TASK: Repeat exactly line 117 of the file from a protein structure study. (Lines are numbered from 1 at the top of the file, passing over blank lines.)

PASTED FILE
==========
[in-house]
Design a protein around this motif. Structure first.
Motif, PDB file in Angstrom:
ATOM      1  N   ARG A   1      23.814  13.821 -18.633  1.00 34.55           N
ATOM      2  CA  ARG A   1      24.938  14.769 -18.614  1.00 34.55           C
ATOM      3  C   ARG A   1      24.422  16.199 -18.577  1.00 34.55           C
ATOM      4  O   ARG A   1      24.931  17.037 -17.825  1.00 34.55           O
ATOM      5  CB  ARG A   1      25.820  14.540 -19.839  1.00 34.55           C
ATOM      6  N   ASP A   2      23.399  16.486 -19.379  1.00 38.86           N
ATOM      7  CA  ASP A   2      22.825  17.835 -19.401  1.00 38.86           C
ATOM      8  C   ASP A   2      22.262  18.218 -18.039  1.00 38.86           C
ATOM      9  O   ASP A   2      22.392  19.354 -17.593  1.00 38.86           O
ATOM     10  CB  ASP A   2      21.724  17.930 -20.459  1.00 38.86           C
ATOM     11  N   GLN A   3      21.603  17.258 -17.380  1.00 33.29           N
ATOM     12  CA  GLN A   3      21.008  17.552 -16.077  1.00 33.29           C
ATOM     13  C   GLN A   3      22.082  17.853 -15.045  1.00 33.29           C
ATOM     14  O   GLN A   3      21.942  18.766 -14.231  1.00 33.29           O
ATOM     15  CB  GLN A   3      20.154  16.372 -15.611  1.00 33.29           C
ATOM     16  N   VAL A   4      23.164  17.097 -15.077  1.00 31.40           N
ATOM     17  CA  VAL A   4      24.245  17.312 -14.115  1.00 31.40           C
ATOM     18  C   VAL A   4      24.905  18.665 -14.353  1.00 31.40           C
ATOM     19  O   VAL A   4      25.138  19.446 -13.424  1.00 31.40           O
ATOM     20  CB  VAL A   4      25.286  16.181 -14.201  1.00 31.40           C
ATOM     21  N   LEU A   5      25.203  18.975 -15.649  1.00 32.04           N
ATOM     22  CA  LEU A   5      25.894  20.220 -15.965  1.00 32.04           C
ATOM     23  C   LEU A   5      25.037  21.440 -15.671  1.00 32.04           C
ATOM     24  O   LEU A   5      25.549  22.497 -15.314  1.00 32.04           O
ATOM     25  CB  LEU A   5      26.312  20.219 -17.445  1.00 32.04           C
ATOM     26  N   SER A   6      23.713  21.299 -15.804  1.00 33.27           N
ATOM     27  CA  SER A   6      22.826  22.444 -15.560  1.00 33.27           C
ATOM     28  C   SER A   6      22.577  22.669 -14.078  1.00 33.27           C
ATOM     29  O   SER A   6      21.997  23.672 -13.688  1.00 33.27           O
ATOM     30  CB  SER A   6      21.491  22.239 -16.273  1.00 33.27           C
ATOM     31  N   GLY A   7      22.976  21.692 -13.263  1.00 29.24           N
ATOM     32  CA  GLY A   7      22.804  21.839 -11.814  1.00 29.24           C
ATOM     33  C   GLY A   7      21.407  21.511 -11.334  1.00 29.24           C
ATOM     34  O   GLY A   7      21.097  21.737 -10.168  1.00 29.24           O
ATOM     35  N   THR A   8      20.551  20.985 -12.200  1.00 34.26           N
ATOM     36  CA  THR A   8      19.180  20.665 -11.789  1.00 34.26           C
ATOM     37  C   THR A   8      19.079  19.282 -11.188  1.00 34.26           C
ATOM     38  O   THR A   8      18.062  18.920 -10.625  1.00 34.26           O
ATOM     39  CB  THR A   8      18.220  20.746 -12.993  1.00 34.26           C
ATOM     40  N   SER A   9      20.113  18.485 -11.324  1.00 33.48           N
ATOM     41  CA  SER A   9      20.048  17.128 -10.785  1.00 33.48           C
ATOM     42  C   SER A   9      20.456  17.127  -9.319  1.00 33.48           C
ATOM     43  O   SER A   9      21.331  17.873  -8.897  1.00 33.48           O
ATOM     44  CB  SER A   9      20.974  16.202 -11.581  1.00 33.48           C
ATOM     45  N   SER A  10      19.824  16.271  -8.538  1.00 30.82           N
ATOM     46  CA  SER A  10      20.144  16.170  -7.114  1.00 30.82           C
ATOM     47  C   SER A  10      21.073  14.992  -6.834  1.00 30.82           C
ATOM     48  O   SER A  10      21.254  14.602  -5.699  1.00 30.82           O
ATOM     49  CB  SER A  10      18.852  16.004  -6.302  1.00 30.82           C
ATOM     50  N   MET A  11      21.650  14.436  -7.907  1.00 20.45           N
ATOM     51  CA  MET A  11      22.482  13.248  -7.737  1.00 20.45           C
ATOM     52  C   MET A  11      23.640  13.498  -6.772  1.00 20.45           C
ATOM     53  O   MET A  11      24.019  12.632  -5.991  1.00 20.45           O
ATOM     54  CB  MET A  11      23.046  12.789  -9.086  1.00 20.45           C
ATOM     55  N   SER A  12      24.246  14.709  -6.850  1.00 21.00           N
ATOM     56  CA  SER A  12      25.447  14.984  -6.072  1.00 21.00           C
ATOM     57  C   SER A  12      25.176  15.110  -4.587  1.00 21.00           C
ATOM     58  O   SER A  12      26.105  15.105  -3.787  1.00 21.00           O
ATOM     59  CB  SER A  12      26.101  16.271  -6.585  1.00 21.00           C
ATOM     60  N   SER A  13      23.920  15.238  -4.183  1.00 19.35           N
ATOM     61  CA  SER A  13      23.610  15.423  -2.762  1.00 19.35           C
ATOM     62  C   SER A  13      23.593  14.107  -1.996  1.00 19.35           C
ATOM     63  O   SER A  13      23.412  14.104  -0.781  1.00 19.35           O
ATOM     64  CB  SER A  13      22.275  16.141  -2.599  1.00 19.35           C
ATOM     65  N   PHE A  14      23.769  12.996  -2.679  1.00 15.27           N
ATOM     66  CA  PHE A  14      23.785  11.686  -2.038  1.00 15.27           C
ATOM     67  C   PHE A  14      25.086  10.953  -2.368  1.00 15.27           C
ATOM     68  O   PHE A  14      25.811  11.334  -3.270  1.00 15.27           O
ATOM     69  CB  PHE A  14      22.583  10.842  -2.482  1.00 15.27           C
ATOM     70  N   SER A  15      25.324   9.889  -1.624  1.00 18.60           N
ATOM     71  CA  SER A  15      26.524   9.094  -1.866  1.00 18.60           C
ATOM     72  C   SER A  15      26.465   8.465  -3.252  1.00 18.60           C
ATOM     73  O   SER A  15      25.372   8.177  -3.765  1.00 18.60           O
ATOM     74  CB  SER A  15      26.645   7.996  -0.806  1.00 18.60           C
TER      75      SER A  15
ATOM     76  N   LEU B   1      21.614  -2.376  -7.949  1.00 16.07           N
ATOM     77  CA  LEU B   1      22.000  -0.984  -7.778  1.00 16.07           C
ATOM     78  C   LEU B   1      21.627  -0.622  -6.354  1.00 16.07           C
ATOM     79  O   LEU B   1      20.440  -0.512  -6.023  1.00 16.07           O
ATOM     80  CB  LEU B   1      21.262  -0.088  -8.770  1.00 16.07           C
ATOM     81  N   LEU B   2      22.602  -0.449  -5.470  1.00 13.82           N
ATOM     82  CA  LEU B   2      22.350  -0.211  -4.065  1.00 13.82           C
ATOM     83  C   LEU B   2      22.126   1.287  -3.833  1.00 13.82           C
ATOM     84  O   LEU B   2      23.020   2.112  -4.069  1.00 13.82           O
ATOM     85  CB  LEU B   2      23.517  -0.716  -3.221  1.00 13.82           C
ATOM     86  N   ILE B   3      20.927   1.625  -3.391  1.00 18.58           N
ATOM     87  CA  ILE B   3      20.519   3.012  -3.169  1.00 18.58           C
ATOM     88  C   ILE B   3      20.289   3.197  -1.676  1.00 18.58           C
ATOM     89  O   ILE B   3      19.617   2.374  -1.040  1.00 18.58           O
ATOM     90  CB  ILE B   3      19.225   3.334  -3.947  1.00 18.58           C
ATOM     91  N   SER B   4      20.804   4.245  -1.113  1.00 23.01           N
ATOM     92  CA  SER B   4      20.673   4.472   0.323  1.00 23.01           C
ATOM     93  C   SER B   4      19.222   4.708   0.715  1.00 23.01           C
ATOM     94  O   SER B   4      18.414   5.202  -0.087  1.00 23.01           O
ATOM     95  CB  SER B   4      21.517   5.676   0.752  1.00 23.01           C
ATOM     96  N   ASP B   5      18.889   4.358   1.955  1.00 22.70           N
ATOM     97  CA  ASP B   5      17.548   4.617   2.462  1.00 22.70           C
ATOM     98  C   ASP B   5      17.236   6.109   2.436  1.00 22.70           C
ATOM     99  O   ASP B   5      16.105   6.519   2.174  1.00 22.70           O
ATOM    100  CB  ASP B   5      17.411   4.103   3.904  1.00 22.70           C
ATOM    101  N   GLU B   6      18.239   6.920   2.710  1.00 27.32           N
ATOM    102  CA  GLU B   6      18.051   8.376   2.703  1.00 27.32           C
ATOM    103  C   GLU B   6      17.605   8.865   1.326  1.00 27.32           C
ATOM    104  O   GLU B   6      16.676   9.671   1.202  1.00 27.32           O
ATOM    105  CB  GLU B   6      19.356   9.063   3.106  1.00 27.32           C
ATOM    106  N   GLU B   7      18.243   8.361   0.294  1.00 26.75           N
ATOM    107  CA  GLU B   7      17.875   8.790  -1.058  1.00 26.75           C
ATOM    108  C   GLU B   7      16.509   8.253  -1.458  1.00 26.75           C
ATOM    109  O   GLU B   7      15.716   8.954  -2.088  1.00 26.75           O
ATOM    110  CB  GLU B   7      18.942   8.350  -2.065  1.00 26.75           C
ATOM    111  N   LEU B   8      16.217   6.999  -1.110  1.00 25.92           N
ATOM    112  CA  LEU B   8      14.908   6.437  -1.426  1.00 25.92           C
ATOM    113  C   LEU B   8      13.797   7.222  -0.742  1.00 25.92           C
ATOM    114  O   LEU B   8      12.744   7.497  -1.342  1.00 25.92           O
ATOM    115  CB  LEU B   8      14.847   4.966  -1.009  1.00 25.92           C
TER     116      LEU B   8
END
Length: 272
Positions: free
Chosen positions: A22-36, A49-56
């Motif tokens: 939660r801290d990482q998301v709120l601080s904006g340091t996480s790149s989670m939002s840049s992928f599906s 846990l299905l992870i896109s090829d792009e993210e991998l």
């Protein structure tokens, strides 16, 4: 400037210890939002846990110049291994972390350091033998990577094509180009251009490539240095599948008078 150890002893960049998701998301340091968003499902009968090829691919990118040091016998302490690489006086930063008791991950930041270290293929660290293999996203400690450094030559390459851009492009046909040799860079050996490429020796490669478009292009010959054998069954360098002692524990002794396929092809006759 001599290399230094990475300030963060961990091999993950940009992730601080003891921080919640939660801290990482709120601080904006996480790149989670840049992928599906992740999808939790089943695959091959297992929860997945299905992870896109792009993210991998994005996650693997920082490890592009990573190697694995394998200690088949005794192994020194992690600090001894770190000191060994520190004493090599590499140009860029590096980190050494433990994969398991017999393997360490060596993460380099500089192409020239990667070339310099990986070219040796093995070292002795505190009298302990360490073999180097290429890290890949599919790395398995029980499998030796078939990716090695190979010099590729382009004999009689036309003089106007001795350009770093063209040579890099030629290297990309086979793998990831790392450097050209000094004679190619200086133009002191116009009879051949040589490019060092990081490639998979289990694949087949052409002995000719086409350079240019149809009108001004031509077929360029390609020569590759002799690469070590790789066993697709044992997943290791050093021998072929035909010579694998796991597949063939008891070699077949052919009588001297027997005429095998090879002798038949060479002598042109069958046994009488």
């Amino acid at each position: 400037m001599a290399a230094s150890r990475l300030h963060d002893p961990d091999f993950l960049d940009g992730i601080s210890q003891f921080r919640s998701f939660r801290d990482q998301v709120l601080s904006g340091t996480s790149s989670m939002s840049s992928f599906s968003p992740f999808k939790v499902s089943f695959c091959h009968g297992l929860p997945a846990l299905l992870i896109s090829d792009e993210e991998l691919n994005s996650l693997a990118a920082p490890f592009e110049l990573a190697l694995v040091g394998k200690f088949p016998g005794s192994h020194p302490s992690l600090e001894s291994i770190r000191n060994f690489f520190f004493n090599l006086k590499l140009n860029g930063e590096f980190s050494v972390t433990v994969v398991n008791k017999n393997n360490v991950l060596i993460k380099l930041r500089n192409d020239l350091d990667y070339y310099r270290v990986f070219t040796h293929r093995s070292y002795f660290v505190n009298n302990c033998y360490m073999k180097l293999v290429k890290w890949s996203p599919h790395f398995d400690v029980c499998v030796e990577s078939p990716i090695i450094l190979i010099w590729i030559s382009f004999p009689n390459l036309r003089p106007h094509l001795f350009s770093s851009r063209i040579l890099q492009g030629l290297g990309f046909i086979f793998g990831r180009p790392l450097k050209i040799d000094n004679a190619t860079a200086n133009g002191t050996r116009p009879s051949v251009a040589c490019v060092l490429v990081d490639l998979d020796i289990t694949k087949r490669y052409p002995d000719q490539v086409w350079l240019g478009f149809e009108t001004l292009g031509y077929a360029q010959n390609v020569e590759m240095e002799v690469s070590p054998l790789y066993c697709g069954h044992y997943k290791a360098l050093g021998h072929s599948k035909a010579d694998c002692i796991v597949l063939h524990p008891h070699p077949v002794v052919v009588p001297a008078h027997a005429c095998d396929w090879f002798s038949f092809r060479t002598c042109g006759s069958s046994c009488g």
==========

ATOM    114  O   LEU B   8      12.744   7.497  -1.342  1.00 25.92           O